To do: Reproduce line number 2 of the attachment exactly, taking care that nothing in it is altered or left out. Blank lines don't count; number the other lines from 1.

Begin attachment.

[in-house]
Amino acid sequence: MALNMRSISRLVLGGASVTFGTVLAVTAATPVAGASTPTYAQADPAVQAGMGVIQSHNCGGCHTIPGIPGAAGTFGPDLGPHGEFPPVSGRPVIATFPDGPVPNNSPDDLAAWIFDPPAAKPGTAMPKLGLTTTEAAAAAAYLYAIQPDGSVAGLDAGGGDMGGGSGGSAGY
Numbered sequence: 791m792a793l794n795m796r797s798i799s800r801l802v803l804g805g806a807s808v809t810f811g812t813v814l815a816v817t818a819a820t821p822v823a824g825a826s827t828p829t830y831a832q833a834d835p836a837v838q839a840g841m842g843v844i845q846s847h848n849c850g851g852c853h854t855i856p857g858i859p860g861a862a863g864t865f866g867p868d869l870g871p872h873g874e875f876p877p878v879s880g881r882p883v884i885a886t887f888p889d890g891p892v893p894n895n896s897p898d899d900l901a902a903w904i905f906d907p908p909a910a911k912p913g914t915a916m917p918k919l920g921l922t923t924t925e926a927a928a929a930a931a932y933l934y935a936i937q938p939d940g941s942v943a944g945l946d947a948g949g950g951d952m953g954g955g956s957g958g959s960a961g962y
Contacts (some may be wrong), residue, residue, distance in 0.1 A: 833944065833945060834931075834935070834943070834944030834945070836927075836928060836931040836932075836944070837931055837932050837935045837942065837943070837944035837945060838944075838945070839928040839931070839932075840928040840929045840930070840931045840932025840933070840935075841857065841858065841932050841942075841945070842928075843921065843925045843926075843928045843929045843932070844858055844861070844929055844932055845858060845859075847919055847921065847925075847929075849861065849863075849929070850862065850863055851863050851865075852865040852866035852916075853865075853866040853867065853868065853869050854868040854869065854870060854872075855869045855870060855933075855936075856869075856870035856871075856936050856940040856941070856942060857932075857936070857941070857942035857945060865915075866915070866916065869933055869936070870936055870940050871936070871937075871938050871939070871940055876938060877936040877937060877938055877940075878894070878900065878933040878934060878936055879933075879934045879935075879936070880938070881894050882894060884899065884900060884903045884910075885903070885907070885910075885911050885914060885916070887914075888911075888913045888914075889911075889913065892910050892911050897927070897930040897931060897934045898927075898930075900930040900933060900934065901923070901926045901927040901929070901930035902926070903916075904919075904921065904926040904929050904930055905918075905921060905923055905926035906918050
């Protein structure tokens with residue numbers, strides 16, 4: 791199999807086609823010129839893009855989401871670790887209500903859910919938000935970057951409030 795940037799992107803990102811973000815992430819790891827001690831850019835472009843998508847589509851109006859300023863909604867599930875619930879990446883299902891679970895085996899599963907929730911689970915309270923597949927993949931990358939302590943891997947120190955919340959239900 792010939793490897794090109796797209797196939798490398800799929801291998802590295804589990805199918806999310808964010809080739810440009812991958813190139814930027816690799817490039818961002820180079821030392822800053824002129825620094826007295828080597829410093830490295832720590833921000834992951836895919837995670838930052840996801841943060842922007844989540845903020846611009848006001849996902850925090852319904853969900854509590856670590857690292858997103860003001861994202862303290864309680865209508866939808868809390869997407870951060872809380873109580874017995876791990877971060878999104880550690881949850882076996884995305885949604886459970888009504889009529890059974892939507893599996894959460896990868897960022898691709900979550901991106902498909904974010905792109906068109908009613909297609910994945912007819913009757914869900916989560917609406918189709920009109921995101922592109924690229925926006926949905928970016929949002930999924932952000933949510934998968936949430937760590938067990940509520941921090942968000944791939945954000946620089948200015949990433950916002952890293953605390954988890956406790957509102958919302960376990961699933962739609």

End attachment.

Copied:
Amino acid sequence: MALNMRSISRLVLGGASVTFGTVLAVTAATPVAGASTPTYAQADPAVQAGMGVIQSHNCGGCHTIPGIPGAAGTFGPDLGPHGEFPPVSGRPVIATFPDGPVPNNSPDDLAAWIFDPPAAKPGTAMPKLGLTTTEAAAAAAYLYAIQPDGSVAGLDAGGGDMGGGSGGSAGY